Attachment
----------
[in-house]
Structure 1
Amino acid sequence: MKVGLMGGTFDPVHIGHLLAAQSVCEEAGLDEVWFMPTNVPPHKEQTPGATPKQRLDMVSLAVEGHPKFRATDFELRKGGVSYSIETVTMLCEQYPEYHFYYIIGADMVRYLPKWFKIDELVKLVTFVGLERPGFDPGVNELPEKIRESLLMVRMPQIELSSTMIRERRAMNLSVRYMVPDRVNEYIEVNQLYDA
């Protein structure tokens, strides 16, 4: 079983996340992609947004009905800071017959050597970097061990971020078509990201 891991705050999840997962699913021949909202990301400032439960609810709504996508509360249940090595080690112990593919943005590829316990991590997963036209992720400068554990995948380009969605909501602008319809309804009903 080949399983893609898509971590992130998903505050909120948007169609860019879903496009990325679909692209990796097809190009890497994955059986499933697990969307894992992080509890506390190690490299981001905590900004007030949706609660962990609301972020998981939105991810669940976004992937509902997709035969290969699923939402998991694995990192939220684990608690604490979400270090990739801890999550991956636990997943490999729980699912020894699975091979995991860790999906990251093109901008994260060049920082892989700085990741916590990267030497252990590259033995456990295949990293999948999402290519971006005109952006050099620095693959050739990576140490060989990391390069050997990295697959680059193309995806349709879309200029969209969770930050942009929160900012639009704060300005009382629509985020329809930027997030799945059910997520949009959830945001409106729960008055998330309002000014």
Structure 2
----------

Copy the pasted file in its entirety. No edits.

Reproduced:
[in-house]
Structure 1
Amino acid sequence: MKVGLMGGTFDPVHIGHLLAAQSVCEEAGLDEVWFMPTNVPPHKEQTPGATPKQRLDMVSLAVEGHPKFRATDFELRKGGVSYSIETVTMLCEQYPEYHFYYIIGADMVRYLPKWFKIDELVKLVTFVGLERPGFDPGVNELPEKIRESLLMVRMPQIELSSTMIRERRAMNLSVRYMVPDRVNEYIEVNQLYDA
């Protein structure tokens, strides 16, 4: 079983996340992609947004009905800071017959050597970097061990971020078509990201 891991705050999840997962699913021949909202990301400032439960609810709504996508509360249940090595080690112990593919943005590829316990991590997963036209992720400068554990995948380009969605909501602008319809309804009903 080949399983893609898509971590992130998903505050909120948007169609860019879903496009990325679909692209990796097809190009890497994955059986499933697990969307894992992080509890506390190690490299981001905590900004007030949706609660962990609301972020998981939105991810669940976004992937509902997709035969290969699923939402998991694995990192939220684990608690604490979400270090990739801890999550991956636990997943490999729980699912020894699975091979995991860790999906990251093109901008994260060049920082892989700085990741916590990267030497252990590259033995456990295949990293999948999402290519971006005109952006050099620095693959050739990576140490060989990391390069050997990295697959680059193309995806349709879309200029969209969770930050942009929160900012639009704060300005009382629509985020329809930027997030799945059910997520949009959830945001409106729960008055998330309002000014």
Structure 2